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Hail the mentors!

The passion for sport is kindled at a young age, and schools are the ideal sites to unearth and nurture talent

Mosibodi Whitehead

Nowhere is the need for a mentor more necessary than in sport. The path from recreational youngster to professional sportsman or woman is littered with casualties who lacked the mentors required to transform their talent into repeatable skill. Malcom Gladwell suggests in his watershed book Outliers: The Story of Success that: “Practice isn’t the thing you do once you’re good. It’s the thing you do that makes you good … In fact, researchers have settled on what they believe is the magic number for true expertise: 10 000 hours.”

The formative years are key for shaping any athlete. For many their first mentor is the primary school sports coach. One such mentor is Trevor Masuku, who is helping kids lay solid foundations for a future in cricket. Masuku is a former cricketer who is employed as a coach by Easterns Cricket in Etwatwa, Daveyton — a township on the eastern boundary of Benoni in Ekhuruleni, Gauteng. Masuku is based at the Etwatwa Cricket Club, but is responsible for six schools in the area, of which the jewel in the crown is Thembelihle Primary. That cricket is thriving at Thembelihle Primary is a testament to Masuku’s tireless work, because Daveyton is renowned for having produced legendary footballers such as Jabu Mahlangu (formerly Jabu Pule) and Pollen Ndlanya, rather than for yielding any cricketers of note.

Something unique

So how did Masuku get kids interested in cricket in a place where football dominates the sporting landscape?  “There are those kids who are like me, who like to be unique, because most people in our townships like to play netball and soccer. So playing cricket is something different,” explains the former wicketkeeper, who started playing back in 1997.

The kids of Thembelihle Primary have taken to the popular KFC Mini Cricket programme like ducks to water, and some have even shunned football altogether. For Masuku, the assistance of the national federation Cricket South Africa (CSA) has been essential in motivating kids to take up and remain in the sport. “They provide all the necessary equipment, kit, and transport to KFC Mini Cricket Festivals and even lunch at those festivals, which is are outings for the kids. This was also the reason that I started playing back in the nineties,” he says.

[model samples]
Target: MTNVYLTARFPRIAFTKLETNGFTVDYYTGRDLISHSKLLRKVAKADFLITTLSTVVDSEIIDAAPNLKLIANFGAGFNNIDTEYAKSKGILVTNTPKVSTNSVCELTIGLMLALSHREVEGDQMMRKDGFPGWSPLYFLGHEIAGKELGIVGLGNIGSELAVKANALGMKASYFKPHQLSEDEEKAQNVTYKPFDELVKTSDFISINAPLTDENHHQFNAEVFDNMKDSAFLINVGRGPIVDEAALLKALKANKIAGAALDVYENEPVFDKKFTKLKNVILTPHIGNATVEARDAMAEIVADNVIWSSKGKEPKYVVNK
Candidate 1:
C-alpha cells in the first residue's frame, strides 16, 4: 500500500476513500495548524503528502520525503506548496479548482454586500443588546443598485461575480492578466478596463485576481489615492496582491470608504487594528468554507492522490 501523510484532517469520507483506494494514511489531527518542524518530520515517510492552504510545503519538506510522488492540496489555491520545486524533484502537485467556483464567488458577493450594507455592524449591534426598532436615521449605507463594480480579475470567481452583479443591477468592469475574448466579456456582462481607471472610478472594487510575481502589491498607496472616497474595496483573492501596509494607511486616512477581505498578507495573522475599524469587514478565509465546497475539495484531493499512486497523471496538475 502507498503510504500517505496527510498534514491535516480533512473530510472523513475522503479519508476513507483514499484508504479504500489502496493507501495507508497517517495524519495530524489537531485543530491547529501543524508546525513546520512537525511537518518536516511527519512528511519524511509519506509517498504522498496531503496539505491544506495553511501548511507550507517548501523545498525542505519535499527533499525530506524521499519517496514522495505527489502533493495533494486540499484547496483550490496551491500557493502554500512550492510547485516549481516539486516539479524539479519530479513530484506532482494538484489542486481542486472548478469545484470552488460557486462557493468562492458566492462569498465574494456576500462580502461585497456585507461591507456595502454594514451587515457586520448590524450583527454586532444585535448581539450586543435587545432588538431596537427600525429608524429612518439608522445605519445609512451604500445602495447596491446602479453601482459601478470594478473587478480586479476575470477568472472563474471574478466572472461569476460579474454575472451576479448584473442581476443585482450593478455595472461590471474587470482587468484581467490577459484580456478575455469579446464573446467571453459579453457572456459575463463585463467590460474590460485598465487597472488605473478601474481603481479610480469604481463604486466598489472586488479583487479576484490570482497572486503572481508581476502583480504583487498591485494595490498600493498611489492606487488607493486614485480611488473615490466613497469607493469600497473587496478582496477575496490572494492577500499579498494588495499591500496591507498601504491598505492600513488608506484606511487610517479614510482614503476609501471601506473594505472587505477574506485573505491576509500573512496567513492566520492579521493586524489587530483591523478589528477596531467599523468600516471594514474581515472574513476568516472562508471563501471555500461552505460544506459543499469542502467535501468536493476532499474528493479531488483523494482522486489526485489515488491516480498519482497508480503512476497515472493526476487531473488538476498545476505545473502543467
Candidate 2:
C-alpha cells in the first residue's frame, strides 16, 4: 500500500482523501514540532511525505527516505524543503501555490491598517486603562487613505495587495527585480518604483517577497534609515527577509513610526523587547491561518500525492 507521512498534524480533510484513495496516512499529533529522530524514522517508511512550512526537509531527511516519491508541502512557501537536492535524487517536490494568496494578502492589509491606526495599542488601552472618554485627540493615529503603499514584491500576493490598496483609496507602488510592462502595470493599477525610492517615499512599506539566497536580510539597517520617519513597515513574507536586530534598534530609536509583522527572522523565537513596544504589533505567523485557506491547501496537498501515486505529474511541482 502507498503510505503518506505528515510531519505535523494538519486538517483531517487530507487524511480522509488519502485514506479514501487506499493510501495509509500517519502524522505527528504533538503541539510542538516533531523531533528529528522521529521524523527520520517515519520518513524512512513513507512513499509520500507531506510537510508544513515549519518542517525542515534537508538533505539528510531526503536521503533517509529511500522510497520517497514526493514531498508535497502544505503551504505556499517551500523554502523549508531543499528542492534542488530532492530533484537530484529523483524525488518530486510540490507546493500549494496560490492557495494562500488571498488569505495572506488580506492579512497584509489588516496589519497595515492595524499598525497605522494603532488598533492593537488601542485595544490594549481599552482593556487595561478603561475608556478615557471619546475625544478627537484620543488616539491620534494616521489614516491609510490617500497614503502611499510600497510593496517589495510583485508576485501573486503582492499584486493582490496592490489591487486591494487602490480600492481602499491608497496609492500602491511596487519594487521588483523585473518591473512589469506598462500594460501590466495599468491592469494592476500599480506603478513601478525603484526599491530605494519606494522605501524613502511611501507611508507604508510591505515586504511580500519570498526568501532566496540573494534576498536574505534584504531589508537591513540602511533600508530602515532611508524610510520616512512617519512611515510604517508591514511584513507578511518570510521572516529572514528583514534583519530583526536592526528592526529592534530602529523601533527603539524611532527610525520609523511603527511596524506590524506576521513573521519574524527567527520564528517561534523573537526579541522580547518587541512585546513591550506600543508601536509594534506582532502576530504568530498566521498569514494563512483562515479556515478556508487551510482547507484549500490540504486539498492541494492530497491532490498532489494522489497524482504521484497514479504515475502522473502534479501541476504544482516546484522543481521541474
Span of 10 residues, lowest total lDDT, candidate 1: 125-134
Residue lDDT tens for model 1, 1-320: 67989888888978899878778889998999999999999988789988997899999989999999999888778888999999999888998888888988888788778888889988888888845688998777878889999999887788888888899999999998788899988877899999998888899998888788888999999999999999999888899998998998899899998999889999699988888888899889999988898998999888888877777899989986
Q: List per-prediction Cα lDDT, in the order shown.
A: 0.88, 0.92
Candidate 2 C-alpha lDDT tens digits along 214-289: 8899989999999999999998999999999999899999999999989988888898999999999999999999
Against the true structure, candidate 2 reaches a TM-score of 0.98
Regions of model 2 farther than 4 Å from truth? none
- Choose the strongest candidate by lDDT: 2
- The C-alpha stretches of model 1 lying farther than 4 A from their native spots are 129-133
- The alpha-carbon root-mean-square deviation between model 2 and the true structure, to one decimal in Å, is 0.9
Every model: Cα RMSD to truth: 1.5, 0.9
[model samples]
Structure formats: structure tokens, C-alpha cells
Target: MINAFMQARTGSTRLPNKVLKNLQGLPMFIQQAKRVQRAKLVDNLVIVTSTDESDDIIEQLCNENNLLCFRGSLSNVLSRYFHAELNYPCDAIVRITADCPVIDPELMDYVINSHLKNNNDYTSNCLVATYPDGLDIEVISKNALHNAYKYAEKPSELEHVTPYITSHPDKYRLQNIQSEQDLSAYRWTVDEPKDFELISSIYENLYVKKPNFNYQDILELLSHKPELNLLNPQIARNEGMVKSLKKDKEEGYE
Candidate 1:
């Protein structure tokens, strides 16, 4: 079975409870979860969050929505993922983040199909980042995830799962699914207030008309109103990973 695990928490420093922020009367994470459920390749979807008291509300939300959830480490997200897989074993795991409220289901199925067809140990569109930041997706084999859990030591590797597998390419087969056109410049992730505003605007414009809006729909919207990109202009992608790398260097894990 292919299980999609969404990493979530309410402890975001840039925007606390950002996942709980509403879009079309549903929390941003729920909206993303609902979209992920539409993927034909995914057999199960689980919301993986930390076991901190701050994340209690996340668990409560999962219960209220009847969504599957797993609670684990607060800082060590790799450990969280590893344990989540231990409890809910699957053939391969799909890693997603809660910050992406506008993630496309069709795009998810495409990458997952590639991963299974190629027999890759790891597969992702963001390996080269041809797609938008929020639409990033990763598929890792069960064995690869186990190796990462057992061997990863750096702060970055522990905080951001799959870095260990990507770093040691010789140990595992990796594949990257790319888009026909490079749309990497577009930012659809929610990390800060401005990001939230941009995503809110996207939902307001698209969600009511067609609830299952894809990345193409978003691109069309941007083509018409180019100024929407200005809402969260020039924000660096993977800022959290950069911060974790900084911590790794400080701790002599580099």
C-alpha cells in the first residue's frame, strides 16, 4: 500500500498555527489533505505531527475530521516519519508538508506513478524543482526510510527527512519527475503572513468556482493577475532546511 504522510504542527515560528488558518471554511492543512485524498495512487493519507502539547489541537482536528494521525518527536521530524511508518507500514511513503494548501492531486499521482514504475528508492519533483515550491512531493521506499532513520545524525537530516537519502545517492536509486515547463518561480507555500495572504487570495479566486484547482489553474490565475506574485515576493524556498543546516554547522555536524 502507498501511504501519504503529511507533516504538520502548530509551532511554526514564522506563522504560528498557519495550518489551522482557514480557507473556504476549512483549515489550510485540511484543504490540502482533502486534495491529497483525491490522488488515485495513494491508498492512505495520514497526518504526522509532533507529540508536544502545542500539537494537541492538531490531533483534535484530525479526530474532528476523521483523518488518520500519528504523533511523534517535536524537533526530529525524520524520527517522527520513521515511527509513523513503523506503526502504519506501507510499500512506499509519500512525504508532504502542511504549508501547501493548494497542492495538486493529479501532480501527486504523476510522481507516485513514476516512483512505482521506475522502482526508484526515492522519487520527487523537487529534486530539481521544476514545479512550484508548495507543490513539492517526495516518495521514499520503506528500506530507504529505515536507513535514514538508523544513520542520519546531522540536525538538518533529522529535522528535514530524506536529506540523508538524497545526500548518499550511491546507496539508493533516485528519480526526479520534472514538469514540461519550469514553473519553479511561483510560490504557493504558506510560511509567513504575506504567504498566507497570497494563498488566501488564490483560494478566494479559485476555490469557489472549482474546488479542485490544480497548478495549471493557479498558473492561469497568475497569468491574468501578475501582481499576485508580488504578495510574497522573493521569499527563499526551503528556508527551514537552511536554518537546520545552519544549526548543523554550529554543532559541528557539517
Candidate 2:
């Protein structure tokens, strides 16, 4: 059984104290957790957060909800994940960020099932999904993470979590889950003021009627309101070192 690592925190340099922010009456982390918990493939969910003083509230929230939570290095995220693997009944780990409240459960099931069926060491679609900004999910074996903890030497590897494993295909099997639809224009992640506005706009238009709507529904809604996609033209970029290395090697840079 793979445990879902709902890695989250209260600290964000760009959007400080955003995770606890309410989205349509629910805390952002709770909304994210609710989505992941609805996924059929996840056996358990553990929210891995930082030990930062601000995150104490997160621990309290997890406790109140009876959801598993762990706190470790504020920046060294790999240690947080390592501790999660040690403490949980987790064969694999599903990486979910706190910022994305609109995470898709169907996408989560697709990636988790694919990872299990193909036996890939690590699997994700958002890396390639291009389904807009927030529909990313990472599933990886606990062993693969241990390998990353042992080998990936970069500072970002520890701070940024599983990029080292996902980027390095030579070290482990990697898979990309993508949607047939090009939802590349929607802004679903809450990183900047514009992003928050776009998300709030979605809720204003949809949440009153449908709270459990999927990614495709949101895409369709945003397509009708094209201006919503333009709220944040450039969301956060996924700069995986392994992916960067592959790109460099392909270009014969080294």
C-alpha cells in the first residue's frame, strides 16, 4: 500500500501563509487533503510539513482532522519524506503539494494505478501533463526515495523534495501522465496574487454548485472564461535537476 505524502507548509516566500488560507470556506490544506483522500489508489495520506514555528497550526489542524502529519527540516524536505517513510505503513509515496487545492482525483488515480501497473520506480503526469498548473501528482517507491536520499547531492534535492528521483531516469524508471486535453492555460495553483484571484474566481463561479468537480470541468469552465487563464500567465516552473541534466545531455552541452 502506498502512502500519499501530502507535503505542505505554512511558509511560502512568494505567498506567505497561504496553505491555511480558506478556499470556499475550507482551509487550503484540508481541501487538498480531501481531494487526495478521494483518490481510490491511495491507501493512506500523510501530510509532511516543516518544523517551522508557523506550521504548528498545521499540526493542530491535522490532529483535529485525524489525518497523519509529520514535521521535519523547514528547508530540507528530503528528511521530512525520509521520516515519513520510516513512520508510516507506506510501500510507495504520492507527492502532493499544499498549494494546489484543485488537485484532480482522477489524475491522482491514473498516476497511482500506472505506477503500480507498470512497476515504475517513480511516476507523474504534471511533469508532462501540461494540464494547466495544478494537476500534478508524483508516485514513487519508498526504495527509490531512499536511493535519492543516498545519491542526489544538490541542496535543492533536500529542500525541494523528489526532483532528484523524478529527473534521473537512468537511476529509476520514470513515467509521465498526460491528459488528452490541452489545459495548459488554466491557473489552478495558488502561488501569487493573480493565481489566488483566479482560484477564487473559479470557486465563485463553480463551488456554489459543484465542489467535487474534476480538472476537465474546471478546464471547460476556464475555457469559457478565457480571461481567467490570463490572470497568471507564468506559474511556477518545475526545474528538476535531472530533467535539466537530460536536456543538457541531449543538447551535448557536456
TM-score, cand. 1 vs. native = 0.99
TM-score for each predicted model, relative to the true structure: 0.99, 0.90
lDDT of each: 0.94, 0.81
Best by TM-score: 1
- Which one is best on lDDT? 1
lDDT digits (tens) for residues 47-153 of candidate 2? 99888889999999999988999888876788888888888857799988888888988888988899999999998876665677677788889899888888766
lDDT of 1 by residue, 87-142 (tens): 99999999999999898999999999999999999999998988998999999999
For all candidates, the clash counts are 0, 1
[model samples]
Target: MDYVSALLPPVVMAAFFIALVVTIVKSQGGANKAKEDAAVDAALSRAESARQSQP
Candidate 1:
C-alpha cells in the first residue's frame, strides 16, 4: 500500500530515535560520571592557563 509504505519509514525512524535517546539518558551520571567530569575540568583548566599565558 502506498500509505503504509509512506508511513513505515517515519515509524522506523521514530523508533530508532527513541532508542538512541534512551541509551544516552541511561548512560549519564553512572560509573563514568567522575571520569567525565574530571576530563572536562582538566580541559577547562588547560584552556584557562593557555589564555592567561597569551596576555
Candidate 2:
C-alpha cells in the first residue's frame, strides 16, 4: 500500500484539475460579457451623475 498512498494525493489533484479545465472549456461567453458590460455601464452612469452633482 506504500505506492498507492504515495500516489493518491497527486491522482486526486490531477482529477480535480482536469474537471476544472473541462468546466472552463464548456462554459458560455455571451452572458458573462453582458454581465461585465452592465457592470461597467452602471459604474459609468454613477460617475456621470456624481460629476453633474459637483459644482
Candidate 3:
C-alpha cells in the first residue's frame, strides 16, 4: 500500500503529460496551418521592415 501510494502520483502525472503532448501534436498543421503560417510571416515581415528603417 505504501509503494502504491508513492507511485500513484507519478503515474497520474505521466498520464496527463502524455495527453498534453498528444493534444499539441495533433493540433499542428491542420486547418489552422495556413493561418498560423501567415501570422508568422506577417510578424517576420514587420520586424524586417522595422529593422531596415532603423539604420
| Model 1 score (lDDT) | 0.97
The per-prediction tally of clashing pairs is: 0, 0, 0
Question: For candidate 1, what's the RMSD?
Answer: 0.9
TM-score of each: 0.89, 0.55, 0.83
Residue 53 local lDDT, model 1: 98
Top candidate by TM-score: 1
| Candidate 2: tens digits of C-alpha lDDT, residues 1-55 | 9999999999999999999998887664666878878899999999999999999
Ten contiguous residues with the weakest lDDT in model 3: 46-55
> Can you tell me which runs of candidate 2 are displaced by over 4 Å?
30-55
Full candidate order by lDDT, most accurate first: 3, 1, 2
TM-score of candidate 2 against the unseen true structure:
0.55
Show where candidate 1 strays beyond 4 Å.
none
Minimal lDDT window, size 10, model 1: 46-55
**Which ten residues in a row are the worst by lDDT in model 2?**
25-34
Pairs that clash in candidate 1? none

Well-rounded individual

But Masuku’s passion for The Gentlemen’s Game would be wasted without the assistance of  dedicated school sports co-ordinators Pinkie Makhanya and Sweetness Nkosi. They have been involved with mini-cricket since 2005 and 2008 respectively. Aside from producing future professional athletes, both emphasise the importance of sport in producing well-rounded individuals. “Because cricket is a long game, we find that the children concentrate better in class as a result of playing mini-cricket,” says Nkosi. Although both Makhanya and Nkosi never played cricket before, they really love the game. It is this infectious love of the game that they and Masuku are transferring to the kids.


Keeping kids in the sport

Masuku regards himself as a social cricket player; he quit the sport a few years ago when he found a nine-to-five job. He returned because he “missed the game too much” and concentrated on coaching. His passion helps to keep children in the sport, especially at the junior level, but coaches have to tread a fine line — research conducted by Daniel Gould and his colleagues in the nineties revealed that competitive pressures placed on junior athletes such as perfectionism and excessive training loads can lead to burnout and withdrawal from the sport. That there are more and more learners joining the mini-cricket programme at Thembelihle Primary, and indeed across the country, is evidence that the focus is on fun and getting the kids active. At Thembelihle Primary, Masuku, Nkosi and Makhanya have been so successful as mentors that players as young as seven years old have now graduated from mini-cricket and are playing hard-ball club cricket of 20 overs or more.

Improving cognitive skills and self-confidence

For very few will complete the journey that starts at Etwatwa and end at the Wanderers, wearing a South Africa jersey facing Australia. Most, even with the 10 000 hours, will not become professional cricketers, let alone Proteas. But that is not the point. Countless studies have shown that regular exercise in children produces countless benefits, from increased cognitive skills to self-confidence. And while praise will correctly be heaped on the CSA and the department of basic education for administering mini-cricket in schools around the country, it is the mentors that must take full credit. Coaches such as Masuku and teachers like Nkosi and Makhanya are those crucial first mentors who ignite the precious flame that is a child’s passion for sport — a flame that burns throughout life and shapes one’s entire future. We all had one. I know I did.

To sign your school up for the KFC Mini Cricket programme go to the KFC Mini-Cricket website at

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